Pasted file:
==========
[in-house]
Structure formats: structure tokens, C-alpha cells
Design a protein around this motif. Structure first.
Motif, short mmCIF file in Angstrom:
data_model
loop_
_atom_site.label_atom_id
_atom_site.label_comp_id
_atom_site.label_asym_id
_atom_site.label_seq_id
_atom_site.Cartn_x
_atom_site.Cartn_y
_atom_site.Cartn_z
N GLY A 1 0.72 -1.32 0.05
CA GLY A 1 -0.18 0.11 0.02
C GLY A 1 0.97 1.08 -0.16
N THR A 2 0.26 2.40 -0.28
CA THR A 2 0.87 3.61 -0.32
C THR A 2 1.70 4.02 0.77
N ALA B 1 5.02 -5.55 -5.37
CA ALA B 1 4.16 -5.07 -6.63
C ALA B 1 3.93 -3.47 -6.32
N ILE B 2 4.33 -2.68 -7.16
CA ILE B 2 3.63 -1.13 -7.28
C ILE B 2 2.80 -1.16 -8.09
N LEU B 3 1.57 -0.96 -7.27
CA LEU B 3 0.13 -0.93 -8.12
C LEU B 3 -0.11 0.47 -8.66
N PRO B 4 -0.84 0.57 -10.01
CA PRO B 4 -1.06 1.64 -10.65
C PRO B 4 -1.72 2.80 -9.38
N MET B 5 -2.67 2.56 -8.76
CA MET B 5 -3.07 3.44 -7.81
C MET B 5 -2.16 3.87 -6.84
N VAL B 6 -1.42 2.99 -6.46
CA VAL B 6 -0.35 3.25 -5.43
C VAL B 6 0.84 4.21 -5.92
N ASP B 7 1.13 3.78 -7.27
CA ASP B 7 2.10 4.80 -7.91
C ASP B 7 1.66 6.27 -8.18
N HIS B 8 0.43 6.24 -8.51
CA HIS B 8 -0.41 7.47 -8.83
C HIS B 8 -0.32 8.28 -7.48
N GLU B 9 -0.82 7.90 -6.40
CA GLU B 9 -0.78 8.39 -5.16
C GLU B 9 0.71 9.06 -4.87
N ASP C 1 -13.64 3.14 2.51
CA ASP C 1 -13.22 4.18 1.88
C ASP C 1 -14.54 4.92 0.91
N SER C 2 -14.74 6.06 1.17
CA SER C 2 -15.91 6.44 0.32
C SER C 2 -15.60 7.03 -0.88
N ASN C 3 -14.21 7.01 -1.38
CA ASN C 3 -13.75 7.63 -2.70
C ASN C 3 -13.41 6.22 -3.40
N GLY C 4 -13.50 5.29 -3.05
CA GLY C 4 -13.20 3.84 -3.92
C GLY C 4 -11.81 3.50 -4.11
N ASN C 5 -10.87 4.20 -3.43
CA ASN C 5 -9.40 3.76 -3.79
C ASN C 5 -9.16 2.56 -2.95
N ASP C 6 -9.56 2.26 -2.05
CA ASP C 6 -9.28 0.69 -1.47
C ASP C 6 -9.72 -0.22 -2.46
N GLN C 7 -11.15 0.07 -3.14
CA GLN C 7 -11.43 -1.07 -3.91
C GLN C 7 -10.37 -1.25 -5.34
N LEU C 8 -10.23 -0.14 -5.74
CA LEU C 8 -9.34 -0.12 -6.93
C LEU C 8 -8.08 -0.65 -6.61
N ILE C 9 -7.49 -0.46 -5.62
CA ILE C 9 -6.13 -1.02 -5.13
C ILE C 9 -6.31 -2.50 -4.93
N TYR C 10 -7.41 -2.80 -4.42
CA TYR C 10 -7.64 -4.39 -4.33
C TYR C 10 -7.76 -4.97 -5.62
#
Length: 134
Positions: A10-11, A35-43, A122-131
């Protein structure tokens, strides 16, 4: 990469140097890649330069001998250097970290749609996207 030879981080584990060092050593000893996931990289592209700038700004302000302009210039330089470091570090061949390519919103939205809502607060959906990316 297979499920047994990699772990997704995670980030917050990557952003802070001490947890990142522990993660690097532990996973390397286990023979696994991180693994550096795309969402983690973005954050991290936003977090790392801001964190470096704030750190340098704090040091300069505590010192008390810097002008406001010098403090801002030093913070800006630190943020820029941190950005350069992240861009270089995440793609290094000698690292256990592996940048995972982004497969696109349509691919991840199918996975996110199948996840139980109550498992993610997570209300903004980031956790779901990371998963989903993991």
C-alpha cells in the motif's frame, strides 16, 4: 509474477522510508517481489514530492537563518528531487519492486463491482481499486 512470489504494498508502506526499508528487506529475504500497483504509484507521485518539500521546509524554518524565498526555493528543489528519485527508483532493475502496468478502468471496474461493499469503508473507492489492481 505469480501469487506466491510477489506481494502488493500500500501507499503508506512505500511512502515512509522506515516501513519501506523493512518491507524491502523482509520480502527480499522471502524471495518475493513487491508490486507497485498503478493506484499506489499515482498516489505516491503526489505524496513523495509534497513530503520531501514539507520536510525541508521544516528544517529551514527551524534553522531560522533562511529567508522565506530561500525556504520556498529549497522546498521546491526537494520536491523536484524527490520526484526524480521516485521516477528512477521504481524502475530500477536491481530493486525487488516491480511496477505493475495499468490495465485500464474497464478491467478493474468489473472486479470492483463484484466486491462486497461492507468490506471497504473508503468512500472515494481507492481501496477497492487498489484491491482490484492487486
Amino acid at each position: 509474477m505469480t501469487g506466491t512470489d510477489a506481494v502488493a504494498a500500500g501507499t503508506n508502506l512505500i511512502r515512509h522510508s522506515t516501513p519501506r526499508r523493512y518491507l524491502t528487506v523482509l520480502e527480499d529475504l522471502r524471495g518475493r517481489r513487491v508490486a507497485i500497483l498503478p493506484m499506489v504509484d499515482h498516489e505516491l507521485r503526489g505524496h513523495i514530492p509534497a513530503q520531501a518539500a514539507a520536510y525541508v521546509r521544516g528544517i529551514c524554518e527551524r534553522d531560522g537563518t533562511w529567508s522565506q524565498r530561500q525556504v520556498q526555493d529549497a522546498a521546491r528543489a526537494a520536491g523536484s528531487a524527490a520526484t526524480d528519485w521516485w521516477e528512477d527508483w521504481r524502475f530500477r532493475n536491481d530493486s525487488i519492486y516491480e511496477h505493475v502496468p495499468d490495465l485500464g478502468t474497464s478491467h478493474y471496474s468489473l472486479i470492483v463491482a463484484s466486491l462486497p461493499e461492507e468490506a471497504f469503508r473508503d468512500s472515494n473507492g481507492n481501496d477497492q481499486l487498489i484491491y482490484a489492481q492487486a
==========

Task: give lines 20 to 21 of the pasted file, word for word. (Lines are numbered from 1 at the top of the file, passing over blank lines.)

N ALA B 1 5.02 -5.55 -5.37
CA ALA B 1 4.16 -5.07 -6.63